English ale yeast is used for fermentation at traditional ale temperatures. Some care must be taken to choose strains that can handle the higher alcohol content found in some stronger old ales. Old ale is aged for extended periods (many months and sometimes years) and was traditionally stored in large wooden casks. Oak chips or wood chips may be appropriate depending on your preference. Some versions also had a slight lactic sourness from aging which could be duplicated with judicious use of lactic acid, lactic bacteria during aging or the addition of a small amount of soured beer. Keep in mind that the sourness is not a dominant flavor.

Old Ale Recipes

Here are some sample old ale recipes from the BeerSmith recipe archive:

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{ 9 comments… read them below or add one }

Zhaosheng April 15, 2011 at 8:50 am

I wonder if the style can be tweaked to incorporate non British hops (North American or central Europe variety) Ok, that won’t technically be an old ale but we homebrew for a reason – so that we can play around with the styles. Maybe it is worthwhile playing with these.

For me, 5 gallons of old ale can last a long time since it is a somewhat sipping beer, not meant to be downed in large volumes at one go.

In fact, I would think the mastering old ales is a prerequisite for brewing barley wine.

Brad Smith April 17, 2011 at 7:24 pm

You can certainly make an “Old Ale” style with other hop varieties – as with anything else the possibilities are limited only by your imagination.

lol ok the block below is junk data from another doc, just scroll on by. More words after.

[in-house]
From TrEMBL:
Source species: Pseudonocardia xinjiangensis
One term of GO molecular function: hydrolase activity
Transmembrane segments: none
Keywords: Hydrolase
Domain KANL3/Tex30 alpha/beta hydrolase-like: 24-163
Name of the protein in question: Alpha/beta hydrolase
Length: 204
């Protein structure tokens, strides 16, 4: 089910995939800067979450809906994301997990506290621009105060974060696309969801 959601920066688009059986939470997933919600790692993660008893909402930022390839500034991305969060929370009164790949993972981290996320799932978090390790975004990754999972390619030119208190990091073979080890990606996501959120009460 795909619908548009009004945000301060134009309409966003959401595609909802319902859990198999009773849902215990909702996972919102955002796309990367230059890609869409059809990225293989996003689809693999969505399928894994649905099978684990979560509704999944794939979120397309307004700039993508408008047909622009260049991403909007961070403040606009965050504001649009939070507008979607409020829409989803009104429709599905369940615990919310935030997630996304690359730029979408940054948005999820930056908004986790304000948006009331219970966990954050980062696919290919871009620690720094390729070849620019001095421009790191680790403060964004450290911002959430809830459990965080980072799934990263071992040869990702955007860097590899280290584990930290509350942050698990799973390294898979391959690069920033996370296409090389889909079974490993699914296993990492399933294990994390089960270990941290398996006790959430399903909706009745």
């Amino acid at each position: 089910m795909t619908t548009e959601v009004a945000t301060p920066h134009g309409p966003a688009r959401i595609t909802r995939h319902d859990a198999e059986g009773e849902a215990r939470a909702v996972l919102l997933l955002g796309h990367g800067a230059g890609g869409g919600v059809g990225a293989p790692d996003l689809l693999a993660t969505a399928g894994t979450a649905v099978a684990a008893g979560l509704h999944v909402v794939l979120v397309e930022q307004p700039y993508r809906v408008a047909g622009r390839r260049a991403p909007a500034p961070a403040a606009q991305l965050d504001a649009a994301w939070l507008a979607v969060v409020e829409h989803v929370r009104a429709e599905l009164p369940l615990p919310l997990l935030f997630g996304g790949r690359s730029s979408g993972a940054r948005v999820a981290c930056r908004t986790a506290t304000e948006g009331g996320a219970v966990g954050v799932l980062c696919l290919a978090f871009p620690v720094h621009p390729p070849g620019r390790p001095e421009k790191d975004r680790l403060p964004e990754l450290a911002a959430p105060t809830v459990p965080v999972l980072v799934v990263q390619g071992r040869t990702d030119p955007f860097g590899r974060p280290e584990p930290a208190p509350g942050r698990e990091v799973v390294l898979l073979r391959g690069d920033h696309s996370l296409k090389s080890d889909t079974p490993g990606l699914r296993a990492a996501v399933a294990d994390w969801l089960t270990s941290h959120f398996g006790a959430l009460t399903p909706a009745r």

Jim April 19, 2011 at 3:47 pm

I’m bookmarking this one for next fall. It is getting too warm to brew any more winder warmers.

Zhaosheng April 23, 2011 at 8:18 am

Is there any “American” version of Old Ale? When the Europeans went over the Atlantic, many of their beers evolved due to the availability of ingredients and weather (think of British Pale Ale vs American Pale Ale, German Wheat vs American Wheat, German Lager vs Steam Beer…etc). I am not sure if I have heard of an American equivalent of Old Ale.

Teresa April 26, 2011 at 2:48 pm

Wow, this looks great. Winter warmer are great all year ’round. I’m sending this page to my Dad to see if he will start a batch for me.

Brad Smith April 28, 2011 at 4:09 pm

I know a lot of American microbreweries make beers in the “Old Ale Style”. I would be surprised if many of them do not also use American hops and barley to give it a bit of American style.


Neil May 15, 2011 at 11:44 pm

Even though the weather is getting warmer I think I need to brew an Old ale for when it cools down in the evening. Great stuff

Wade June 22, 2015 at 10:34 pm

You mentioned that sometimes these ales are brewed with spice additions. Could you elaborate on what spices would typically be used and is there a resource here for how to add spices?

Renato October 22, 2015 at 5:54 am

Ok I was about to throw a hissy fit as a Washingtonian that we scored so low as a state, then I read some of the beers inveovld: O’Douls (srsly, wth?), Coors, Old Milwaukee Lights (!!!), Miller, Bud, etc etc. Them is some seriously skewed stats. Having traveled throughout the country, I remain convinced that Washington and Oregon have the best breweries and best availability of good beers in the US. Also, Keith, beer is definitely an acquired taste. I hated it until I was fortunate to sample some lovely German Hefeweizen while living in Europe. I loved it after that not all beers, but some.